Memories…Like the sharp-edged corners of my mind

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Facebook is a world of pain. I actually went off it for months but then missed the good stuff it is capable of bringing, so I started using it again. While there are many things to rant and rave about to do with the social network, it’s the ‘Facebook Memories’ or ‘On This Day’ feature which has me writing this post.

It’s a bittersweet thing. And, often, more bitter than sweet.

Now, I don’t have her (see picture) and I am heavily medicated. Not in a padded room, but definitely medicated – for what little good it does me.

I have to wonder if she ever sees these…if she ever looks at her ‘On This Day’.

I didn’t mean to her what she meant to me; obviously. I was convenient when she was in need of someone to talk to, more than willing to be that someone, glad to be needed. But, I wasn’t anything special…just convenient. Until my illness got worse and life got harder and then I became inconvenient.

And even though I know all this, I still miss her because she was special to me, not just a convenient-happened-to-be-there-so-you’ll-do person. She was music and laughter and walks in the forest, and…

I know I’m not worthless just because she treated me so throw-away.  I know that. I know. But, I miss her. And, damn you, Facebook. Damn you.

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To Quote Sir Elton John…

“Sad songs say so much.”

Autumn Live at Queen's Park

Yesterday, an exceptionally talented fellow artist, Robin Chapman (seriously, if you get the opportunity to hear this guy, do it) asked me if I was going to sing depressing songs on this beautiful day.  It was a beautiful day, and, yes, I was going to sing depressing songs.  Although, that’s not quite an accurate description. They are written and performed by someone with severe clinical depression, and they reflect a lot of my experience. But, you’re not going to catch depression from them, any more than you’re going to catch my irregular heartbeat.

I have an advantage in that people like sad songs.  Music is a safe place to express and explore what we call negative emotions and life’s pain (and, life is FULL of pain). All the better if you’re good at it (the music, that is).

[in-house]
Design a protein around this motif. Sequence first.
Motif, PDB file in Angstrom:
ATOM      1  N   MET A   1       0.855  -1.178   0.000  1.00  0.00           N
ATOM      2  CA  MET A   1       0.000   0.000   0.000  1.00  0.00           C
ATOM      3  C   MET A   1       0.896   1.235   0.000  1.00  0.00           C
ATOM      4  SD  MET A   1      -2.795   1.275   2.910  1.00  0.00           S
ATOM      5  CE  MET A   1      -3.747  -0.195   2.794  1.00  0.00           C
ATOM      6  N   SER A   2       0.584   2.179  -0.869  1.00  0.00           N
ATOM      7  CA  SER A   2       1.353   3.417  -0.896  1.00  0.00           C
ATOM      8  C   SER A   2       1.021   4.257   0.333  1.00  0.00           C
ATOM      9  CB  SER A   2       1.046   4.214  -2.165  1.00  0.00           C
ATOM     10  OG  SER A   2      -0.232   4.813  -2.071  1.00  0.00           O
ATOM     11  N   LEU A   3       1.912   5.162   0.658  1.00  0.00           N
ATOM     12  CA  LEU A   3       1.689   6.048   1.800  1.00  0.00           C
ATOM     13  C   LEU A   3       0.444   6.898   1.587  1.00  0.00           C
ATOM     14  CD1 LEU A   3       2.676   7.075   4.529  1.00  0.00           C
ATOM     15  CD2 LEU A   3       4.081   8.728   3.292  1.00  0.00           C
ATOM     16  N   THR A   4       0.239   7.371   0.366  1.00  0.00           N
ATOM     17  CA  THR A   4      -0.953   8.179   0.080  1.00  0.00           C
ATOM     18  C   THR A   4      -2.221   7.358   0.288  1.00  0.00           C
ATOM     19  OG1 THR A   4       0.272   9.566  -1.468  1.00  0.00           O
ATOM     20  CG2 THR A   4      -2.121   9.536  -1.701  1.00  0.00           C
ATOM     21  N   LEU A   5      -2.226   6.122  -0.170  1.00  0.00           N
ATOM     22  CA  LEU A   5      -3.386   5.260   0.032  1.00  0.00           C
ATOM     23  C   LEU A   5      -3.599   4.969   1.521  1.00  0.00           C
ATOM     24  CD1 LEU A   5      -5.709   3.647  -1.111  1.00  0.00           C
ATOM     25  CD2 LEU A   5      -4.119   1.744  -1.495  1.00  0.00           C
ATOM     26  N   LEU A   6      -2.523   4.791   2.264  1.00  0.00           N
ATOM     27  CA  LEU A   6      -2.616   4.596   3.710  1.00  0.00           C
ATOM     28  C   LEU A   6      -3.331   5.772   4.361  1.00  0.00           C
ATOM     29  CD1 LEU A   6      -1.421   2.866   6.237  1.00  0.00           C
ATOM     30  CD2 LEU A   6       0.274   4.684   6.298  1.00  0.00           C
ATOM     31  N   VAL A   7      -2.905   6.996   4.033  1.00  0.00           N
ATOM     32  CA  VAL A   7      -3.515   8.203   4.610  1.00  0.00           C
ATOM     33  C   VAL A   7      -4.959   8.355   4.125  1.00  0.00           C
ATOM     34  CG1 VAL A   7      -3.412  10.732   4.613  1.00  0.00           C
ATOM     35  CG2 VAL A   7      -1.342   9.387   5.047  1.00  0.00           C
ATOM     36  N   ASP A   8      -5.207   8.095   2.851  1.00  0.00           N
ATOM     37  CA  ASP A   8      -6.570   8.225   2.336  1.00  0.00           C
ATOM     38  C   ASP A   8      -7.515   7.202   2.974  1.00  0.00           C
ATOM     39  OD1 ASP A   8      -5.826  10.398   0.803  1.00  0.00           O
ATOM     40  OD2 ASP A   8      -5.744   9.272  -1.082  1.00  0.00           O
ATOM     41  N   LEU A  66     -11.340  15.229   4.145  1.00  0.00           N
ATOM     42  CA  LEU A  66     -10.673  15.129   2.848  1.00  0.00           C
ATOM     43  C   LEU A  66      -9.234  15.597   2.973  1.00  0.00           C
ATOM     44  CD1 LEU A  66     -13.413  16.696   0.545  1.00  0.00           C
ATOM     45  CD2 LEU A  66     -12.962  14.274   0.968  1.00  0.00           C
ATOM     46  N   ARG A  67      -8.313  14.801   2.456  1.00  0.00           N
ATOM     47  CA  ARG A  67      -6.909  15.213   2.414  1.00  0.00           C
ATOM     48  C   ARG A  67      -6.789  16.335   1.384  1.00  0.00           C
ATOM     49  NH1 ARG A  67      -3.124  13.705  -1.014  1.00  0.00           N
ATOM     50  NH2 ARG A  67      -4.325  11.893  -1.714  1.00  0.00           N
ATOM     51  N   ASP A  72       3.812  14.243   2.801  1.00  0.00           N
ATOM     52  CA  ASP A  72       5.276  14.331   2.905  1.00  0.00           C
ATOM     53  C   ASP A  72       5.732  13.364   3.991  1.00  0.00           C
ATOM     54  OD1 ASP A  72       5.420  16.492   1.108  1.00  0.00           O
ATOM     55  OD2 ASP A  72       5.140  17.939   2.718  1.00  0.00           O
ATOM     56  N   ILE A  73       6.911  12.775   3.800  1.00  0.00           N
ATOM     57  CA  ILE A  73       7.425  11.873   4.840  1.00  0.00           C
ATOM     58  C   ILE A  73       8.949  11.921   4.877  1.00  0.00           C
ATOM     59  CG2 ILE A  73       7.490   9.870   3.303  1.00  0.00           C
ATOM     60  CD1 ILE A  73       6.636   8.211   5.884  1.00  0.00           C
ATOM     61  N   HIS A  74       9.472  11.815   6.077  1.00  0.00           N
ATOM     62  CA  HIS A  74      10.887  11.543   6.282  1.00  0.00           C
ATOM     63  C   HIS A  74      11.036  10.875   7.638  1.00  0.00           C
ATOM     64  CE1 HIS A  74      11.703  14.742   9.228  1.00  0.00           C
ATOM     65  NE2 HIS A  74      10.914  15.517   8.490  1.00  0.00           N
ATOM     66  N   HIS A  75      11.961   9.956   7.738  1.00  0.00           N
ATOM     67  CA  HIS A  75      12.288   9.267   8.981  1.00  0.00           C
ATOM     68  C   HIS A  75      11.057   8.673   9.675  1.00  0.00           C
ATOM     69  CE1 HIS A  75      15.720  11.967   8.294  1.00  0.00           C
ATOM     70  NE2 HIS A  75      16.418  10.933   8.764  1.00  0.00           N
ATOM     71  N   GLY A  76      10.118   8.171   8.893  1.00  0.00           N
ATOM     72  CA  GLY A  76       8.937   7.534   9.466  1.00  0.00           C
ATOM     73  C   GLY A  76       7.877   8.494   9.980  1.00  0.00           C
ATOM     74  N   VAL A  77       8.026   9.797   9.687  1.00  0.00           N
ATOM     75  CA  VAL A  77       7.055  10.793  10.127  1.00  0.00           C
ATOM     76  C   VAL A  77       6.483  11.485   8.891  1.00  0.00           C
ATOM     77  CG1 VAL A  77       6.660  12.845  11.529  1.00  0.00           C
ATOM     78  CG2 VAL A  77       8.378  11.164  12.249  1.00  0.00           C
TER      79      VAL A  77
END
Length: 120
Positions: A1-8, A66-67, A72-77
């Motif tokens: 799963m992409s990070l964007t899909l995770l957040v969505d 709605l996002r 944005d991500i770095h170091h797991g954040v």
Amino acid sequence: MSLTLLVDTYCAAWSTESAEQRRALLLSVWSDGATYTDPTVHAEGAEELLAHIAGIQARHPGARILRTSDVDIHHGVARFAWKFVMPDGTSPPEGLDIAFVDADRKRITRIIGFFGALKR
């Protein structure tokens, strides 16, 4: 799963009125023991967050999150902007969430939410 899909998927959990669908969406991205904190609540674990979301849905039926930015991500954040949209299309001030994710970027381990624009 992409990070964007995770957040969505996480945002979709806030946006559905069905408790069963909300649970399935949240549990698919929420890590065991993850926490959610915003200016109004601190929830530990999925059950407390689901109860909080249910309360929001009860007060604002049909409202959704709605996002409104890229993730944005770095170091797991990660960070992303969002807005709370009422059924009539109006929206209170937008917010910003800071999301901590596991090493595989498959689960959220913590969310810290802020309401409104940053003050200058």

Yes, I sang sad songs, but I was glad to be doing what I love (even if I did have to wrestle with a keyboard that didn’t want to cooperate with me  – bloody electronic things *&^£”!!! – and everything didn’t go strictly to plan); I was out in the open air, making music for an appreciate audience, and that felt good.

Two moments in the day stand out for me as precious. One was, when the last performer of the day, the delicious Mo Shotter, called me back up on stage to sing some improvisational blues with her.  So, we sang ‘The Queen’s Park Blues’ together. This was a magically spontaneous and pure fun.

The other was when I was singing this song:

There’s a point in this where you see me smile, and it’s where I look into the audience and see my 6 year old son singing my song along with me. It was one of those serendipitous moments, a fixed moment where time stops.

Things had come full circle.

I was on the stage and my child was in the audience proud of his mummy and, very happily, singing one of my sad songs along with me. And, I saw myself at that age, in the audience, proudly looking up at my mother…singing along with the sad songs…’I saw the harbour lights. They only told me you were leaving’…

Pardon me while I wipe the tears. Pardon me while I smile during a very unsmiling song. And, pardon me while I cherish the songs – and the moments – that say more than the sum of their words ever could. Because they interpret what cannot be said, but only be felt.